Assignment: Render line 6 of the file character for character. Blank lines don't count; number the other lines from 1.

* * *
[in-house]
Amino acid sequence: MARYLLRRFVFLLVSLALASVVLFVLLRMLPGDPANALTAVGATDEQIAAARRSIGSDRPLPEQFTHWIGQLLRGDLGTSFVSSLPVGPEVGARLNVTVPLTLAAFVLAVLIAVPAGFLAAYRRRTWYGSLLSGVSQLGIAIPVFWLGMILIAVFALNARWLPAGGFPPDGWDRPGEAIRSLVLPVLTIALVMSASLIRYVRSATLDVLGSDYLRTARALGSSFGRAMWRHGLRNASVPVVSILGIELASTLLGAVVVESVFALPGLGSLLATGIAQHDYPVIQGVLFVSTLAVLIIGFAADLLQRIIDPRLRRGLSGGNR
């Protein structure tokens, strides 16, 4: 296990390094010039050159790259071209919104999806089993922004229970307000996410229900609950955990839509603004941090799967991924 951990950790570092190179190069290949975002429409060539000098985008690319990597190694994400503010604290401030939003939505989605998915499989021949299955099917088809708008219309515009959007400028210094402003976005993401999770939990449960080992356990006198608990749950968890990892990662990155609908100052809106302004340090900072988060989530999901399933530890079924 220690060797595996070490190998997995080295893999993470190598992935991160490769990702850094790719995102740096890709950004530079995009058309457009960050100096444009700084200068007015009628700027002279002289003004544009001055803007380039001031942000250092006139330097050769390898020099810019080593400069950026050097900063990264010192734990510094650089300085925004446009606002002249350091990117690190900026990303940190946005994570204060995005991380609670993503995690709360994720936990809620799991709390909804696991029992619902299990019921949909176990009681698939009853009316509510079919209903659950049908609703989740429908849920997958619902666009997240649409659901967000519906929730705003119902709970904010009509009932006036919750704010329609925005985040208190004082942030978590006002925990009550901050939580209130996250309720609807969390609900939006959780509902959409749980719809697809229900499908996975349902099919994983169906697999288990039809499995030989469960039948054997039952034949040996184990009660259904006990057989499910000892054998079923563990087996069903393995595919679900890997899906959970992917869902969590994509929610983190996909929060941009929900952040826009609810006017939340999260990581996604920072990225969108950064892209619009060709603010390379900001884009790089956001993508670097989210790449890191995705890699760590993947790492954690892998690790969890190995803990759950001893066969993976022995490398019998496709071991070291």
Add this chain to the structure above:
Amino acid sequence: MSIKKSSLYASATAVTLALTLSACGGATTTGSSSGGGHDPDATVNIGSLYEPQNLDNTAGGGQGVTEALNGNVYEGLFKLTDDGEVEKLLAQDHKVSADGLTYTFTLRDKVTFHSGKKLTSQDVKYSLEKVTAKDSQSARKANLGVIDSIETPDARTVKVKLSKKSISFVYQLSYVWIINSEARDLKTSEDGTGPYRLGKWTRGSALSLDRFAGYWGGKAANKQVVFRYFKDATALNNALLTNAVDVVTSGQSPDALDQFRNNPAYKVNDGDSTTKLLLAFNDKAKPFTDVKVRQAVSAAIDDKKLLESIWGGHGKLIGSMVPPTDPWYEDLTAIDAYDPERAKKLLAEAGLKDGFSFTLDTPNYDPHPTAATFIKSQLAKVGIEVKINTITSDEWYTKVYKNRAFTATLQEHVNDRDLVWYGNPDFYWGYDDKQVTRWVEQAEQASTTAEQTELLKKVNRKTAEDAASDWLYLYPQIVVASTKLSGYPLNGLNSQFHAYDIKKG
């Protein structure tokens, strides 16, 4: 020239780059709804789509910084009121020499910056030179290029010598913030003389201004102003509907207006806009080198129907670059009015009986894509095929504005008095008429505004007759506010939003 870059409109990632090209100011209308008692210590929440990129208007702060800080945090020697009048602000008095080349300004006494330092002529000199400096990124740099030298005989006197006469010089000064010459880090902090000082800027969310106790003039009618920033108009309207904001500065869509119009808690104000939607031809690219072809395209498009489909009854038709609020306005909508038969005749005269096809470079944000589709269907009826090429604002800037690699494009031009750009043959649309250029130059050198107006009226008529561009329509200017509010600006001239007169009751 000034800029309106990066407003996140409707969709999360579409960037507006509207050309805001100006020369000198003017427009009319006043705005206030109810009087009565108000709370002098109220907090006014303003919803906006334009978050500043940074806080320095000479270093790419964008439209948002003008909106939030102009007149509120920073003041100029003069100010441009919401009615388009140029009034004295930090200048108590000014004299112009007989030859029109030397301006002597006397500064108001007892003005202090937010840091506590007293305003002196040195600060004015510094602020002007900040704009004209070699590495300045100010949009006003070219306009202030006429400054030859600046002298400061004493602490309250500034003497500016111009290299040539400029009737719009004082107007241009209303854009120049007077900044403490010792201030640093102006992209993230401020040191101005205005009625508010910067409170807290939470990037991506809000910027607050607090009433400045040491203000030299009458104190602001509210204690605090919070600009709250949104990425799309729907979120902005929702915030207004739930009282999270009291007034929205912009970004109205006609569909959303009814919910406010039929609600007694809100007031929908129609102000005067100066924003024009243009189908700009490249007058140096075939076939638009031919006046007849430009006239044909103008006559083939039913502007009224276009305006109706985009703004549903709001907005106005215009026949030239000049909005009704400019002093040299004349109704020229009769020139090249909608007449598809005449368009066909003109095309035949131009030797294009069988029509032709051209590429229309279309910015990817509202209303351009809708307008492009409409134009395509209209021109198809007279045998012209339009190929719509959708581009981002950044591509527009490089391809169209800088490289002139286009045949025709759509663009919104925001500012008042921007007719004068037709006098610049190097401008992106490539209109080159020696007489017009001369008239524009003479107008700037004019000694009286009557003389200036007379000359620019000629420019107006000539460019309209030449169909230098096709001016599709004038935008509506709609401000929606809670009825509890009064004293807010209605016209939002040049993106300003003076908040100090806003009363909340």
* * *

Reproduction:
């Protein structure tokens, strides 16, 4: 020239780059709804789509910084009121020499910056030179290029010598913030003389201004102003509907207006806009080198129907670059009015009986894509095929504005008095008429505004007759506010939003 870059409109990632090209100011209308008692210590929440990129208007702060800080945090020697009048602000008095080349300004006494330092002529000199400096990124740099030298005989006197006469010089000064010459880090902090000082800027969310106790003039009618920033108009309207904001500065869509119009808690104000939607031809690219072809395209498009489909009854038709609020306005909508038969005749005269096809470079944000589709269907009826090429604002800037690699494009031009750009043959649309250029130059050198107006009226008529561009329509200017509010600006001239007169009751 000034800029309106990066407003996140409707969709999360579409960037507006509207050309805001100006020369000198003017427009009319006043705005206030109810009087009565108000709370002098109220907090006014303003919803906006334009978050500043940074806080320095000479270093790419964008439209948002003008909106939030102009007149509120920073003041100029003069100010441009919401009615388009140029009034004295930090200048108590000014004299112009007989030859029109030397301006002597006397500064108001007892003005202090937010840091506590007293305003002196040195600060004015510094602020002007900040704009004209070699590495300045100010949009006003070219306009202030006429400054030859600046002298400061004493602490309250500034003497500016111009290299040539400029009737719009004082107007241009209303854009120049007077900044403490010792201030640093102006992209993230401020040191101005205005009625508010910067409170807290939470990037991506809000910027607050607090009433400045040491203000030299009458104190602001509210204690605090919070600009709250949104990425799309729907979120902005929702915030207004739930009282999270009291007034929205912009970004109205006609569909959303009814919910406010039929609600007694809100007031929908129609102000005067100066924003024009243009189908700009490249007058140096075939076939638009031919006046007849430009006239044909103008006559083939039913502007009224276009305006109706985009703004549903709001907005106005215009026949030239000049909005009704400019002093040299004349109704020229009769020139090249909608007449598809005449368009066909003109095309035949131009030797294009069988029509032709051209590429229309279309910015990817509202209303351009809708307008492009409409134009395509209209021109198809007279045998012209339009190929719509959708581009981002950044591509527009490089391809169209800088490289002139286009045949025709759509663009919104925001500012008042921007007719004068037709006098610049190097401008992106490539209109080159020696007489017009001369008239524009003479107008700037004019000694009286009557003389200036007379000359620019000629420019107006000539460019309209030449169909230098096709001016599709004038935008509506709609401000929606809670009825509890009064004293807010209605016209939002040049993106300003003076908040100090806003009363909340």